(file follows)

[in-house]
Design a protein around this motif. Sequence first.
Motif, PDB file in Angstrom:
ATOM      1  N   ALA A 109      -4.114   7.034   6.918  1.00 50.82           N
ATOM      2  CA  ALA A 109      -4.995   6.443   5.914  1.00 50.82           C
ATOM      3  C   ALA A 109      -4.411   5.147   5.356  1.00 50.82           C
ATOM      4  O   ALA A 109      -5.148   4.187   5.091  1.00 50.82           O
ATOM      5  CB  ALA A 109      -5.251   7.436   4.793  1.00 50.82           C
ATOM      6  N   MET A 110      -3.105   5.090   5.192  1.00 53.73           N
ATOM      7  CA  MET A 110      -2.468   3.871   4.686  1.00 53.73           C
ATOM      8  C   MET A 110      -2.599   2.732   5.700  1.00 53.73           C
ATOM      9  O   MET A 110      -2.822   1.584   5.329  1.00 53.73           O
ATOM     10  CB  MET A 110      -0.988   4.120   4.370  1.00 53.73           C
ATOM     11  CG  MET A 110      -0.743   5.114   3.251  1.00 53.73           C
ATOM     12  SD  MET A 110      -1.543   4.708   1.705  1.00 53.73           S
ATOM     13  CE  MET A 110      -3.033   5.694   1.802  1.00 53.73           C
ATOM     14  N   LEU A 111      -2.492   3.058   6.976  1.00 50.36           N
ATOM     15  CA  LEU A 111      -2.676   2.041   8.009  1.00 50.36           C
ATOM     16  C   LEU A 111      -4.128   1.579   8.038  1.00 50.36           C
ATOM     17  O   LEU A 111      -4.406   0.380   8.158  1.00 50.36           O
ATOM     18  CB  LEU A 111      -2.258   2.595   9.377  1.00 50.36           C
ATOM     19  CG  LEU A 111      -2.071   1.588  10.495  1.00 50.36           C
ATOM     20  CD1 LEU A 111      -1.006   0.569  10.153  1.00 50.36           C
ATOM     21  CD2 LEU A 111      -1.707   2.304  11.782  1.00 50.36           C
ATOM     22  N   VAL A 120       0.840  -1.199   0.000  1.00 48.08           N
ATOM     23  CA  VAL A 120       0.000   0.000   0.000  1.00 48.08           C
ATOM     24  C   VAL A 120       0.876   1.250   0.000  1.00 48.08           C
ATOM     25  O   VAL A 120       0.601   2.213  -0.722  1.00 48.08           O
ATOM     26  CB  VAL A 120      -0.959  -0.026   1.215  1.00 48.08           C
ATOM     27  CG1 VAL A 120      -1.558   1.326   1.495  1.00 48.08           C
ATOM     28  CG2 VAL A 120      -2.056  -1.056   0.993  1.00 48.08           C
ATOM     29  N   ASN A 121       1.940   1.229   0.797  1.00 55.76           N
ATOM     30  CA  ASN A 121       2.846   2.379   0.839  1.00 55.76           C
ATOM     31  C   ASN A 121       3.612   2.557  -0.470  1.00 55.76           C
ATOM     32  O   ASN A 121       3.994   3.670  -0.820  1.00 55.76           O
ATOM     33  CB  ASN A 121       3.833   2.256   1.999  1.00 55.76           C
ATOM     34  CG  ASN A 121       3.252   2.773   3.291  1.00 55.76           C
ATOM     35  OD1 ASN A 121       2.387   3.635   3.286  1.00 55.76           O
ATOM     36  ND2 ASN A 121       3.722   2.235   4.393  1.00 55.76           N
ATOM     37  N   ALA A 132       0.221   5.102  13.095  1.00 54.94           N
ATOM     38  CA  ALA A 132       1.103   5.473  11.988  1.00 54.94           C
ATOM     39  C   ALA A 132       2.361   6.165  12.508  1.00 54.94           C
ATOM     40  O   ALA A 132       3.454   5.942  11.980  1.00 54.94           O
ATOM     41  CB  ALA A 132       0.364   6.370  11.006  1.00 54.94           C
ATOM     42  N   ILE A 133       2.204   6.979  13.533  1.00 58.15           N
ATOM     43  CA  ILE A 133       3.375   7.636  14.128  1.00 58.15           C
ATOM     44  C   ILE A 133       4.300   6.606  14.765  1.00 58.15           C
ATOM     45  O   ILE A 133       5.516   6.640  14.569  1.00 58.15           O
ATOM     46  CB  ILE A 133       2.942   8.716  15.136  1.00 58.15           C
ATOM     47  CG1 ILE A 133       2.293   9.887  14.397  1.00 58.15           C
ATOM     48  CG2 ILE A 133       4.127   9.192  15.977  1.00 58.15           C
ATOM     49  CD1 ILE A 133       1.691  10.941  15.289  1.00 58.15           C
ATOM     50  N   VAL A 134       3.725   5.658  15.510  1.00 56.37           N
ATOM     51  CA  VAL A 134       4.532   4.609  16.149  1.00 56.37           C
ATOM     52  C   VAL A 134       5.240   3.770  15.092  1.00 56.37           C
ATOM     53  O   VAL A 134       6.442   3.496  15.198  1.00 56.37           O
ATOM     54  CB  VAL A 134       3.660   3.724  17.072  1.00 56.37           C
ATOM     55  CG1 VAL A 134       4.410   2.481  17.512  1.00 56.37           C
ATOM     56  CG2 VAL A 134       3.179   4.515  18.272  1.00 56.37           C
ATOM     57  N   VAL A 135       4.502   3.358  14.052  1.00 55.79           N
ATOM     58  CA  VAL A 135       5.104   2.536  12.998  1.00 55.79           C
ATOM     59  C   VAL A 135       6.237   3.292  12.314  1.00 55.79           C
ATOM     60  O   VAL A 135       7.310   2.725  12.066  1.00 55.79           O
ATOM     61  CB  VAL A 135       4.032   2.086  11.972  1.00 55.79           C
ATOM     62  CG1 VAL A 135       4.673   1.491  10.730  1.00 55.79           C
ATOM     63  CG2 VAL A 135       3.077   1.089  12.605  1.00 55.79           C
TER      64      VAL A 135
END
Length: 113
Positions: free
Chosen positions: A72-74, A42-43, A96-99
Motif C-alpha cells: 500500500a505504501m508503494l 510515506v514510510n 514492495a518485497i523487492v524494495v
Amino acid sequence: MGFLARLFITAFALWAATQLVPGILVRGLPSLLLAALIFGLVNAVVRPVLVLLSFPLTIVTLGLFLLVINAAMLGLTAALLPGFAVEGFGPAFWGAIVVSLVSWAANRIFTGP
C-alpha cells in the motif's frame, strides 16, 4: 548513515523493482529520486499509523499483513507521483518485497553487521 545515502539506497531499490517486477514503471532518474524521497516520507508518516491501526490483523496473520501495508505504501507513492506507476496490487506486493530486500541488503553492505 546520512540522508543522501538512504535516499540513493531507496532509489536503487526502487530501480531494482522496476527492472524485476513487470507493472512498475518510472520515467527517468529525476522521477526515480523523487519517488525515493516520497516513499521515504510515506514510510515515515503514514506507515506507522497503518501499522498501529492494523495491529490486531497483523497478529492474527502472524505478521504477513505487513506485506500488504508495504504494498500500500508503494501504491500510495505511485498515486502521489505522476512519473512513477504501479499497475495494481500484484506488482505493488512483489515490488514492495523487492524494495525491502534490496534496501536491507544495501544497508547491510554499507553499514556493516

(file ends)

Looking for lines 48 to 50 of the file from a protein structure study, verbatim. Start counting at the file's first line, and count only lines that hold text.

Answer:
ATOM     45  O   ILE A 133       5.516   6.640  14.569  1.00 58.15           O
ATOM     46  CB  ILE A 133       2.942   8.716  15.136  1.00 58.15           C
ATOM     47  CG1 ILE A 133       2.293   9.887  14.397  1.00 58.15           C